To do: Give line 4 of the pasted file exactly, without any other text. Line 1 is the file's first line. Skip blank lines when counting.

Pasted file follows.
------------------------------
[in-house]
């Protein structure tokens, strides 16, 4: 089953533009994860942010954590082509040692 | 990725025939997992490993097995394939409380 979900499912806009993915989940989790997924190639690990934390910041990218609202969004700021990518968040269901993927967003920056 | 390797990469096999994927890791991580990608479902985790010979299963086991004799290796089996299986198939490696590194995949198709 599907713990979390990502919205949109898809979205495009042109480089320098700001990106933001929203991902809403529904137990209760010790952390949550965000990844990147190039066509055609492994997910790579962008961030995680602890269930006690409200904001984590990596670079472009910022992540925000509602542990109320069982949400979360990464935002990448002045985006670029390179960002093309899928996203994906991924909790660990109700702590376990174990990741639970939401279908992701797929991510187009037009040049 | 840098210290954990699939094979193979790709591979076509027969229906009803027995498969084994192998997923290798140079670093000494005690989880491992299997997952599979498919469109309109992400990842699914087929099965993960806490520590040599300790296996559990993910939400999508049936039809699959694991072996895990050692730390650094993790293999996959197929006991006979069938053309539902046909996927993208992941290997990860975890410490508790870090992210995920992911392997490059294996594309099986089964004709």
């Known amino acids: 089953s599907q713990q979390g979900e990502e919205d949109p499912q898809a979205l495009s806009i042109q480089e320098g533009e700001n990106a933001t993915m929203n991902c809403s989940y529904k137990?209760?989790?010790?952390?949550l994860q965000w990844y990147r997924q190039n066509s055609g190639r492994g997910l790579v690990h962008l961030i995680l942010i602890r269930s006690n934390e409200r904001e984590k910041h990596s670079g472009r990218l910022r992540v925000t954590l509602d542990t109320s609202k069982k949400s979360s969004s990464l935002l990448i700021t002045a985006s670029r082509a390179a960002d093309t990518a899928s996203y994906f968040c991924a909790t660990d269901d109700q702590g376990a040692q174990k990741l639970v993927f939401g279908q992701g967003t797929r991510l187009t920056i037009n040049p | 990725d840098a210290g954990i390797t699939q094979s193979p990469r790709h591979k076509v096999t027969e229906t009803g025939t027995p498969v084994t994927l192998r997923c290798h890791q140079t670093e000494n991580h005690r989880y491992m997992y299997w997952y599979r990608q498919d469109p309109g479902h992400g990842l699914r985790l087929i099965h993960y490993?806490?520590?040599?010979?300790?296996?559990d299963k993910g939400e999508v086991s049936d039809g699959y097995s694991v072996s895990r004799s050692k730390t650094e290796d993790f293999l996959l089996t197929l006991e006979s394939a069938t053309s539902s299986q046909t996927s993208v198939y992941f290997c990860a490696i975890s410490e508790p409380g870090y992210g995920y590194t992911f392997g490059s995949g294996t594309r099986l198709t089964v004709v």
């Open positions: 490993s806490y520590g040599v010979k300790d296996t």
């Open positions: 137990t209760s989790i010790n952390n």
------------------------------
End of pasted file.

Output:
């Open positions: 490993s806490y520590g040599v010979k300790d296996t």